SO you're headed to Dubai for shopping is it? Electronics and gold? Beware of the customs," our wary and suspicious friends had interrogated before we (my Punjabi family & I ) boarded the Air India flight bound to the city of Middle East mysticism and commercial capitalism. True. We were headed to upgrade the wardrobe and the locker with new Dubai rich gold.
But the arrival gate at Dubai International Airport offered sights, sounds and smells that made a solemn promise of serving a great concoct of urban Arabic culture curry. The Namaz was being recited and miles away from the heart of the city, the distant voices from a mosque nearby was welcoming one to the United Arab Emirates. This virgin tune in Dubai would re-visit periodically for the next 10 days through malls, hotels, road-side cafes, SUVs, safari, art fair, the derby world cup, museum visits, trial rooms, rest rooms, clubs, dhow ride, at foot of the tallest building in the world and the place we called home in the Indian neighbourhood of Bur Dubai.
Situated in the heart of the free port, Bur Dubai, is as much a tourist touchdown hotel spot as it is for the brown immigrants who made their home in Dubai in the early seventies. The surrounding areas of Al Karama and Al Maraha with its distinct Lebanese, Indian, Chinese and Mexican aromas rising through market corners and squares makes one feel at home on the foreign port. A row of houses lined in bricks and mortar that make for cubicle housing societies, each some stories high give away tell tale signs that Indians and Pakistanis inhabit it: clothes hanging in balconies. There is nothing distinctly foreign about Bur Dubai for an Indian. Not even the electronic gates or the lines of Hummers, Camry taxis or Lamborghinis. Not even the Sheiks on duty speaking crisp Hindi while in their flowing white Kandhuras.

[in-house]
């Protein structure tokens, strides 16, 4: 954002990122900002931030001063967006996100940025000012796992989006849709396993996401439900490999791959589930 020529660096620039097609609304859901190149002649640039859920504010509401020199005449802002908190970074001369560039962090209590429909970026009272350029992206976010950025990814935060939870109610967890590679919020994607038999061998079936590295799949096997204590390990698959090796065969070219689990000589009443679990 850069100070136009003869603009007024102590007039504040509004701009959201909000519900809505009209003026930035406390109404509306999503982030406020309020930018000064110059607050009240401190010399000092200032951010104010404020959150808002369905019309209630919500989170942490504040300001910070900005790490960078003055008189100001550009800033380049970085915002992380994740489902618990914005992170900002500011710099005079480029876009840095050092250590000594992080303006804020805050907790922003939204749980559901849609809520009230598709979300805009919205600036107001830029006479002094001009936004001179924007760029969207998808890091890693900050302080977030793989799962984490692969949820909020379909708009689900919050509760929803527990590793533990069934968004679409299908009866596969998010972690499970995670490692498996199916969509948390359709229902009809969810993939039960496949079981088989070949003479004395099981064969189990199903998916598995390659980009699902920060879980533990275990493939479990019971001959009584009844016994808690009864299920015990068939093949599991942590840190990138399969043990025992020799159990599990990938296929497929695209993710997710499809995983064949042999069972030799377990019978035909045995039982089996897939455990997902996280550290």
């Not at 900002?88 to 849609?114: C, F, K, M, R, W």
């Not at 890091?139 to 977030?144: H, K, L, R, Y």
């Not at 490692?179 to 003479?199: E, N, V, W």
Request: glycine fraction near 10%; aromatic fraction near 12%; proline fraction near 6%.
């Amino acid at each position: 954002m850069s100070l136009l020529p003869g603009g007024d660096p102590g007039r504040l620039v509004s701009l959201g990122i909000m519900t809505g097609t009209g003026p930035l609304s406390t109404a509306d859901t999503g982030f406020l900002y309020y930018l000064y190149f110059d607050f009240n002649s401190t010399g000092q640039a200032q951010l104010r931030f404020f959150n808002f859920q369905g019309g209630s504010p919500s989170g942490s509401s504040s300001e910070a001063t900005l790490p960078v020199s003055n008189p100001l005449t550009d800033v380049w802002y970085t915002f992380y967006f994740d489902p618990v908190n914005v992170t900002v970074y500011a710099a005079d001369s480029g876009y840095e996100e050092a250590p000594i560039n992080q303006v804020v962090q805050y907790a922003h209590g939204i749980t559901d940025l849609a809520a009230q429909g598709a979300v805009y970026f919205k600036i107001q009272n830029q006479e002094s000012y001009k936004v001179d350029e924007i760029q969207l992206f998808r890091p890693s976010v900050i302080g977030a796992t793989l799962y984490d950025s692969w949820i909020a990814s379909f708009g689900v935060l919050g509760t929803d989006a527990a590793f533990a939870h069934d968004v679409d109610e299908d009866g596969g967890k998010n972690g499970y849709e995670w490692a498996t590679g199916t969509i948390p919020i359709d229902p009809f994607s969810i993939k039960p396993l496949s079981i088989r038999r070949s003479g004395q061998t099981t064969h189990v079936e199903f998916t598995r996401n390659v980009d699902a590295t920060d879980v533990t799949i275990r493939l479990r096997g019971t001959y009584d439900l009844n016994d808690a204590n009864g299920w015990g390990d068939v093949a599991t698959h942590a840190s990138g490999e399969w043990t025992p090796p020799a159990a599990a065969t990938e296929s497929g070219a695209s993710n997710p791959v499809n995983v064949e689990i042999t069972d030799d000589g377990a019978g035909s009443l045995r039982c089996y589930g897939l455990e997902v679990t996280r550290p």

Visiting relatives and borrowing their Toyota Camry, we drove out of Bur Dubai, which is also home to Dubai's only source of history, the Dubai Museum placed next to mud walled art galleries in the square of the trader's textile market, we drove onto the grand Sheikh Zayed road. Wide-laned, spacious, weighed under mutli-storied, multi-angular-shaped, tall glass skyscrapers (some still under construction)…the highway that links all of Dubai to the other emirates, is as royally proud and grand as the former ruler it's named after. All along the expansive highway, besides the grinding breaks and accelerating engine noise of the latest models of four wheelers on the road, the uniquely coloured tiles making way for the underpasses, the faces of the royal family plastered along the highway at brief intervals that truly made you feel a part of the middle east.
The angry looking Sheikh Mohammed bin Rashid bin Saeed Al-Maktoum, his young son Sheikh Hamdan Bin-Mohammed Bin-Rashid Al Maktoum and endearing daughter Princess Nada escorted you, probably guiding you to their majestic commercial empire.
They say Dubai is the commercial capital of the Middle east thanks to his endeavours, with the maximum numbers of cranes in the world and also the prospective tallest building in the world, the Burj. The bearded man in the East is rising and fast.